BRINGING SCIENCE TO TREATMENT

Golf: a gentle game that leads to pain

Although golf is regarded by many as a ‘gentle’ sport, the risk of lower back pain among its practitioners is surprisingly high. Andrew Hamilton explains the kinematics leading to back pain in golfers…

Jun 3, 2018; Shoal Creek, AL, USA; Madelene Sagstrom hits her approach shot on the 18th fairway during the final round of the U.S. Women’s Open Championship golf tournament at Shoal Creek. Credit: John David Mercer-USA TODAY Sports

The leisurely nature of golf makes it popular with older adults who may be unwilling or unable to take up a more punishing sport, where the risks of injury are perceived as much greater. However, the amount of physical activity required to play golf is still sufficient to provide health benefits.

Surprisingly, however, the reality of golf and injury risk is somewhat different. While a properly executed golf swing may not appear particularly stressful, a number of biomechanical studies have demonstrated that many joints and limbs are actually moving at high velocity and through extreme ranges of motion (ROM)1 2 3, making them vulnerable to injury. To make matters worse, the successful execution of the golf swing requires a high degree of coordination, requiring many hours of practice during which these powerful movements are repeated hundreds of times. Add the fact that faulty swing mechanics are more likely to lead to an injury and that the golfers with poor swing actions are the most likely to be practising and you have a recipe for injury.

Prevalence of injury

Putting aside the risks of being struck by a golf club, ball, a golf cart or even lightning(!), injuries related to golf practice are most likely to afflict the trunk and upper body. Studies show that hand/wrist injuries and elbow injuries are quite common, affecting around 13-20% and 25-30% of amateur golfers respectively. Shoulder injuries are also quite common, affecting around 8-18% of amateur golfers. The corresponding figures for professional golfers tend to be significantly lower, however4 5 6 7.

The incidence of low back pain (LBP) among golfers by contrast is a rather more common, and is known to affect amateurs and professionals alike, regardless of skill levels8. Epidemiological studies have shown that low back conditions account for approximately 25% of all golf injuries9 10 although incidence rates as high as 54%11 have been reported12. Moreover, in a 2009 literature review, Cabri and colleagues reported that injury to the lower back represented the most common musculoskeletal complaint experienced by both amateur and professional golf players.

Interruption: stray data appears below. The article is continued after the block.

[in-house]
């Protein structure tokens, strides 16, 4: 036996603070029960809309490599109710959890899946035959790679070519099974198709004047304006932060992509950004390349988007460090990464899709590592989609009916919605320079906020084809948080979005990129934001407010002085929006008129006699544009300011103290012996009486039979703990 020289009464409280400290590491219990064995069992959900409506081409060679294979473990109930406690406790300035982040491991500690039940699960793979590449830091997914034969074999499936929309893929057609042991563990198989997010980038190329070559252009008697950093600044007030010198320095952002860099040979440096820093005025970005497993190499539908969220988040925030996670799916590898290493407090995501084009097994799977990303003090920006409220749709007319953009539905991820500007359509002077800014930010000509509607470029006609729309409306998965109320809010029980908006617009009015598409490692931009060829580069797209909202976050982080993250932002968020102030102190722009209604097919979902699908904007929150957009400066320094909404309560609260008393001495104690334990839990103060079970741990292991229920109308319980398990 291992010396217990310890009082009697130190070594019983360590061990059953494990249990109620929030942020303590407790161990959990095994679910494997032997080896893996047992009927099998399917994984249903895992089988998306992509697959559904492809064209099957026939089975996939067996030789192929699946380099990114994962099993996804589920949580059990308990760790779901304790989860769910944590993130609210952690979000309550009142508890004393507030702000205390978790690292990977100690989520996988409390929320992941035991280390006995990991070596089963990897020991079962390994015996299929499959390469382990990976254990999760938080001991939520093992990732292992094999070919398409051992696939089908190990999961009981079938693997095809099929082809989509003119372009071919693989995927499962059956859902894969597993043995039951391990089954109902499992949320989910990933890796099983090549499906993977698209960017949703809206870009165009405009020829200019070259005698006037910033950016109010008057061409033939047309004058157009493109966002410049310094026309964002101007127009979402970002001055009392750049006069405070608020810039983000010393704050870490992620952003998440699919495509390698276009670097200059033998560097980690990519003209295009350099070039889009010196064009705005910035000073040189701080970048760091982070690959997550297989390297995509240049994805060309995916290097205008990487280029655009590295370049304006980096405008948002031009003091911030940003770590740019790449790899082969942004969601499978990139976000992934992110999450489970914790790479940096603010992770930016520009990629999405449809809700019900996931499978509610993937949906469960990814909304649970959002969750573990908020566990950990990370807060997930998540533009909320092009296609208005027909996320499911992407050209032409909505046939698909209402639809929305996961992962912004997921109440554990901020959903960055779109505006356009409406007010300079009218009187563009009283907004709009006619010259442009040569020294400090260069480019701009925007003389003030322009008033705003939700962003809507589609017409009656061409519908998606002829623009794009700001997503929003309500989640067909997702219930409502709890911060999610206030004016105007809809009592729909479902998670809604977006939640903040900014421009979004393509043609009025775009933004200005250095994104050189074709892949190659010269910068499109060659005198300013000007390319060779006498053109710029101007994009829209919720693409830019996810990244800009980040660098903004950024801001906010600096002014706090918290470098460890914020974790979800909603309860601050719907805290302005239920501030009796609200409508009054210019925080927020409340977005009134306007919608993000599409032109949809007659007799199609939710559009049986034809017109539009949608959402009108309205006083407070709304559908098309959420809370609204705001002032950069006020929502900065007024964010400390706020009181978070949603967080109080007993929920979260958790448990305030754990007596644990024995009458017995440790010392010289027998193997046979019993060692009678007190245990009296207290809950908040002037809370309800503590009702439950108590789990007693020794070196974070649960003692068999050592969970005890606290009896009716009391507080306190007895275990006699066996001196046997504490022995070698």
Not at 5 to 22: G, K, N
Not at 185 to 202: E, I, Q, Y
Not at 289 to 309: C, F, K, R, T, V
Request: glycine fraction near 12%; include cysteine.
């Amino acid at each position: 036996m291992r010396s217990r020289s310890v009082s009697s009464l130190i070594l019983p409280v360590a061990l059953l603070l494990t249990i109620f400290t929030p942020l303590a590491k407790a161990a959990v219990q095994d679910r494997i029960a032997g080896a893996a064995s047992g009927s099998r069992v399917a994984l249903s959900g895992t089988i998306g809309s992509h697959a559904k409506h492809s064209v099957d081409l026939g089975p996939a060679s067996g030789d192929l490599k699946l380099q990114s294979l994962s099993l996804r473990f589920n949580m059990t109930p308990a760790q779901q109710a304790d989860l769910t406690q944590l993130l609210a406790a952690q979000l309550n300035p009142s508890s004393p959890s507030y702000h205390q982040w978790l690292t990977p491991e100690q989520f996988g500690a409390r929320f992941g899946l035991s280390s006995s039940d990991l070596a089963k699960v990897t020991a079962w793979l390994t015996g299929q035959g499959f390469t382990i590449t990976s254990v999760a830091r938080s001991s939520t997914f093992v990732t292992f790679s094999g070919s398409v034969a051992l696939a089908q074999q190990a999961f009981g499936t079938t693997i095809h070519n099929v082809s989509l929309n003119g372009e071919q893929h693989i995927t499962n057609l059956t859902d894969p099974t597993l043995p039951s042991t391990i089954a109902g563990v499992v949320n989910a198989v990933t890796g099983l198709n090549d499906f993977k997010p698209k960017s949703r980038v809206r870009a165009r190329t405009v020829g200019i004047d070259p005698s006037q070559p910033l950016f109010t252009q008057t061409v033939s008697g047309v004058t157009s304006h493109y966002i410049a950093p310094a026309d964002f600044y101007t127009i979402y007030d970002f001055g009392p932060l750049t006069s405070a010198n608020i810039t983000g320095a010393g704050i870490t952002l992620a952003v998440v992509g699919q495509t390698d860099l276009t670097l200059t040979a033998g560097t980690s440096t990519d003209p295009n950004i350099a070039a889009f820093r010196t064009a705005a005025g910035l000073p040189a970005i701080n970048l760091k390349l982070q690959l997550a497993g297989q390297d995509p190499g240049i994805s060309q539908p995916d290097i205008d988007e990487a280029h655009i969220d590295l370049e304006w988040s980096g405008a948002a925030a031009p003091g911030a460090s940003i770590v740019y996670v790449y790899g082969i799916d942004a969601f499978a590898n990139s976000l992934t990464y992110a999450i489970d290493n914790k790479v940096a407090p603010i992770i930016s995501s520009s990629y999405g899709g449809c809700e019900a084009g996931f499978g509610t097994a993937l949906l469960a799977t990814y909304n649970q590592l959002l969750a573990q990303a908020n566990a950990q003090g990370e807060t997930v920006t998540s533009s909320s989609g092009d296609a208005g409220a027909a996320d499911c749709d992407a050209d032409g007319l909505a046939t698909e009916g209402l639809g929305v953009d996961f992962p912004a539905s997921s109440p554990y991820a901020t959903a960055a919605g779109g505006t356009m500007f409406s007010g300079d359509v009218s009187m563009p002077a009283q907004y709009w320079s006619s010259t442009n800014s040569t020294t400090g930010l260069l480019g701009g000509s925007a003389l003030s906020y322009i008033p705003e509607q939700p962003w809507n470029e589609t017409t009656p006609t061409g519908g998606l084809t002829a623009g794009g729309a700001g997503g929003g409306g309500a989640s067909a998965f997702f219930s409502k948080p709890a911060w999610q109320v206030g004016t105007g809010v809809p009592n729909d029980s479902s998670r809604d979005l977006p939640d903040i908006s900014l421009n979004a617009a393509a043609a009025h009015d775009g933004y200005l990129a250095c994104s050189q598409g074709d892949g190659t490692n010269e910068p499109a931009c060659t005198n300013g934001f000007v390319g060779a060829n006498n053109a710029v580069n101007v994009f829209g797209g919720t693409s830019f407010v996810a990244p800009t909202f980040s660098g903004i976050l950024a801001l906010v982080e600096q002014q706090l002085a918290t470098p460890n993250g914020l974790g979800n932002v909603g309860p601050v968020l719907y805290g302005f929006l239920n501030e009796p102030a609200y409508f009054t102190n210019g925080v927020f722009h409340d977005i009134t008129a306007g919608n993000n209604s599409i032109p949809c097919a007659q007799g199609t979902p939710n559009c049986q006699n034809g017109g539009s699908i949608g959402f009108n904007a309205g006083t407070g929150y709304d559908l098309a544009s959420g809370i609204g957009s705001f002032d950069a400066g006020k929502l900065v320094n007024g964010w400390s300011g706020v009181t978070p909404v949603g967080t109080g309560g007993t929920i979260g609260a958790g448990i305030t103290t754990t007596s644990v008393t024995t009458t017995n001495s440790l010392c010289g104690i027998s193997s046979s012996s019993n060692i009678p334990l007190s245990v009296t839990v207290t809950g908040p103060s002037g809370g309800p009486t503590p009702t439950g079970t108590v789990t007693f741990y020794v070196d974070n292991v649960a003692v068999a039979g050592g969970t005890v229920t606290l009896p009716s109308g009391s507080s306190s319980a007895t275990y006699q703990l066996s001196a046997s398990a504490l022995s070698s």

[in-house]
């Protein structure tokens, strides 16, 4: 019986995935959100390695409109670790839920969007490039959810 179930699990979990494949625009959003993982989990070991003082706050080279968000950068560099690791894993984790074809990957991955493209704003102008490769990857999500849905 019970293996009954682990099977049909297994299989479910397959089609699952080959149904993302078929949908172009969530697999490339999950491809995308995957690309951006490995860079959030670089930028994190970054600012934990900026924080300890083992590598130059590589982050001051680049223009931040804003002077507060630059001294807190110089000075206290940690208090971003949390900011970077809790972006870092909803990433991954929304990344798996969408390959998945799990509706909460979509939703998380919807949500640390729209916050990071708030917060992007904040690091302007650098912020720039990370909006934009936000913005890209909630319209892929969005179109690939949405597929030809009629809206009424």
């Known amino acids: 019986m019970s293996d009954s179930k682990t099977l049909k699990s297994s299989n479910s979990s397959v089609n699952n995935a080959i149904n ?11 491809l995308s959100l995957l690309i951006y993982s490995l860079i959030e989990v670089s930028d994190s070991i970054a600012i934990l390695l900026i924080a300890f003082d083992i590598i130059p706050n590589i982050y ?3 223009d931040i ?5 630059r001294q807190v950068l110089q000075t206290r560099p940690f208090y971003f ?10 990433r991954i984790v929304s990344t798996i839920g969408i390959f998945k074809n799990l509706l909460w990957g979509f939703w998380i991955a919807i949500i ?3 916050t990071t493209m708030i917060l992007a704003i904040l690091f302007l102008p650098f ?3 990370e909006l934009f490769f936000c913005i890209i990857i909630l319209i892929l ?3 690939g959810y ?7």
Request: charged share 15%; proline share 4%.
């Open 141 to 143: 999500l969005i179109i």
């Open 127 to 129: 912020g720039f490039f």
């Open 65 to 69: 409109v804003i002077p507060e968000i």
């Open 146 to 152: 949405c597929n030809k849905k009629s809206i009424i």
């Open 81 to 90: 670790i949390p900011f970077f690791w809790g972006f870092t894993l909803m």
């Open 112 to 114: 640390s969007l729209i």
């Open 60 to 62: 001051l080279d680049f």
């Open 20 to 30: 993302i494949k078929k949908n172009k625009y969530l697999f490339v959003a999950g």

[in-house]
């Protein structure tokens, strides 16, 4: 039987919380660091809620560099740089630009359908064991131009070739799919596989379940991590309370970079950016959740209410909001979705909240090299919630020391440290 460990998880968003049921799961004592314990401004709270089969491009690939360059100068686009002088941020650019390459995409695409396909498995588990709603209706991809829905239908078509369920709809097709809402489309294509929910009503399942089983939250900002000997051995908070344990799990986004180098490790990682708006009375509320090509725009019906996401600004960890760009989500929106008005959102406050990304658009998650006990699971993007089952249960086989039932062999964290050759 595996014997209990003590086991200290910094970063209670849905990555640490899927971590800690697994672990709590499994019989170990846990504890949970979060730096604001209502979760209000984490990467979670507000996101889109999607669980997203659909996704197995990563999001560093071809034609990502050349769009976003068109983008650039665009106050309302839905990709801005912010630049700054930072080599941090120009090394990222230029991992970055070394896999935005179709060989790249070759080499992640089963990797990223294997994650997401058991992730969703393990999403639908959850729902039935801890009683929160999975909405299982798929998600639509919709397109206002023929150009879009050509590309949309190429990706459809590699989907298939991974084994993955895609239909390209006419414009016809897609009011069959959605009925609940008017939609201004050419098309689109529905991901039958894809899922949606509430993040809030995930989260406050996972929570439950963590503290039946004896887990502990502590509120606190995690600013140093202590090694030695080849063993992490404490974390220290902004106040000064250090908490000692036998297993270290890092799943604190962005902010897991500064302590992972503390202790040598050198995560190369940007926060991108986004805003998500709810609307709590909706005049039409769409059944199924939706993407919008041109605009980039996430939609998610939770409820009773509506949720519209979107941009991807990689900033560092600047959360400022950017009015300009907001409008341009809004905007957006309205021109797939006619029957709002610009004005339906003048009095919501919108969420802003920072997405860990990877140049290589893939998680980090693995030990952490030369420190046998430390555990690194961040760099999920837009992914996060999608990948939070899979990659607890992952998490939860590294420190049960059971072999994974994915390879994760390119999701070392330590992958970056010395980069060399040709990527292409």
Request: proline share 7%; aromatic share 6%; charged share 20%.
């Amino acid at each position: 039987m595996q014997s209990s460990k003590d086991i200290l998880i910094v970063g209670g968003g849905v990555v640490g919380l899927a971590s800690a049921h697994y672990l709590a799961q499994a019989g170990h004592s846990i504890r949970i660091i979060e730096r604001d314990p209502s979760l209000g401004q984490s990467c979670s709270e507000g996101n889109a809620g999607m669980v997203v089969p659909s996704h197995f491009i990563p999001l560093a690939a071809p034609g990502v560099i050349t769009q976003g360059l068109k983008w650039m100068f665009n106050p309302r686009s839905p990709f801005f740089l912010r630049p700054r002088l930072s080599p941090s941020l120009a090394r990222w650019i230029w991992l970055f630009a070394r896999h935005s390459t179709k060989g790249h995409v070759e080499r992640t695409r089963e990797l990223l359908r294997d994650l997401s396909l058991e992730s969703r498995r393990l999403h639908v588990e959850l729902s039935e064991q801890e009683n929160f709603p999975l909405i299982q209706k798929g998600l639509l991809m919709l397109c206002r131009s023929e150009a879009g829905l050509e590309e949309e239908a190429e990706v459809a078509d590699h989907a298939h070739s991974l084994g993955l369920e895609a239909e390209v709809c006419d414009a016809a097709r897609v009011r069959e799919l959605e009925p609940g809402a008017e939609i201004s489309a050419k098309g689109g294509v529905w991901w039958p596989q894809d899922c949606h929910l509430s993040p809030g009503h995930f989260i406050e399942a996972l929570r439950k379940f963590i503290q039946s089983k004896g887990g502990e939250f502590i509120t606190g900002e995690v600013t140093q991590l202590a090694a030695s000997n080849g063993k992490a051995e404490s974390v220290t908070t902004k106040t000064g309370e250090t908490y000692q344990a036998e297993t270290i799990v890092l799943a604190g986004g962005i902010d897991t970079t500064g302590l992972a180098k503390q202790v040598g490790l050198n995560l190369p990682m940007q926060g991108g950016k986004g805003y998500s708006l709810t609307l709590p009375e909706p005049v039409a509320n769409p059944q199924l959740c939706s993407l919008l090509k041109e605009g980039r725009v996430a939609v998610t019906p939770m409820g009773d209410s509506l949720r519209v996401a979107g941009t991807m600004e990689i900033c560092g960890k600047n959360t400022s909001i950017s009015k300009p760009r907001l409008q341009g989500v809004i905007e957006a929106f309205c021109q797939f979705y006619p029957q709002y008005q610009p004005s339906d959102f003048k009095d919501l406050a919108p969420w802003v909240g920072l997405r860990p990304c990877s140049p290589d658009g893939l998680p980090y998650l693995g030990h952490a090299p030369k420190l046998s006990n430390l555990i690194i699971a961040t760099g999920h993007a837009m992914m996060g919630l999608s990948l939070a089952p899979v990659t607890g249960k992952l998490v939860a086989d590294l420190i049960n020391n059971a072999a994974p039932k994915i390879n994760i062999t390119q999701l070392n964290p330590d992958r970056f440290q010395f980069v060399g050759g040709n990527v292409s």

Another study meanwhile surveyed 196 golfers who had just taken up the sport13. While 25% suffered back pain during the one-year study period, the vast majority of these participants were unaware that playing golf was linked to their LBP. The authors concluded that golf may aggravate pre-existing back pain due to the forceful nature of the movements associated with playing and practising.

Figure 1: The golf swing (right-handed golfer)

Shows the large amplitude movements of the trunk, both shoulders and the lead hip as the body rotates from the top of the backswing into the finish position.

Shows the large amplitude movements of the trunk, both shoulders and the lead hip as the body rotates from the top of the backswing into the finish position.


The demands of the swing

To understand how something as apparently benign as golf can lead to a high incidence of lower back pain, it helps to appreciate the biomechanics of the swing (see Figure 1). The golf swing involves a slow deliberate rotation of the trunk away from the target (the backswing) followed by a powerful rotation of the trunk towards the target on the downswing. Although there are other spinal motions present during the swing movement, the axial twisting forces are especially noteworthy because this type of twisting has been identified as a significant risk factor for low back injury disorders in occupational settings14.

Studies investigating the axial forces at play during the swing motion have come up with some startling findings. One of the first studies looked at forces on the lower back during a full golf swing while using a five iron – specifically the compressive, shear, lateralbending and rotational loads on the L3/4 segment of the lumbar spine15. Kinetic, kinematic and surface EMG data was collected from four amateur and four pro golfers. Shear loads were high in both groups but were higher in the amateurs, averaging 596 Newtons of force versus 329 Newtons in the pros. Compressive loading on the other hand was higher in the pros, averaging nearly 7,600 Newtonsversus 6,100 Newtons in the amateurs.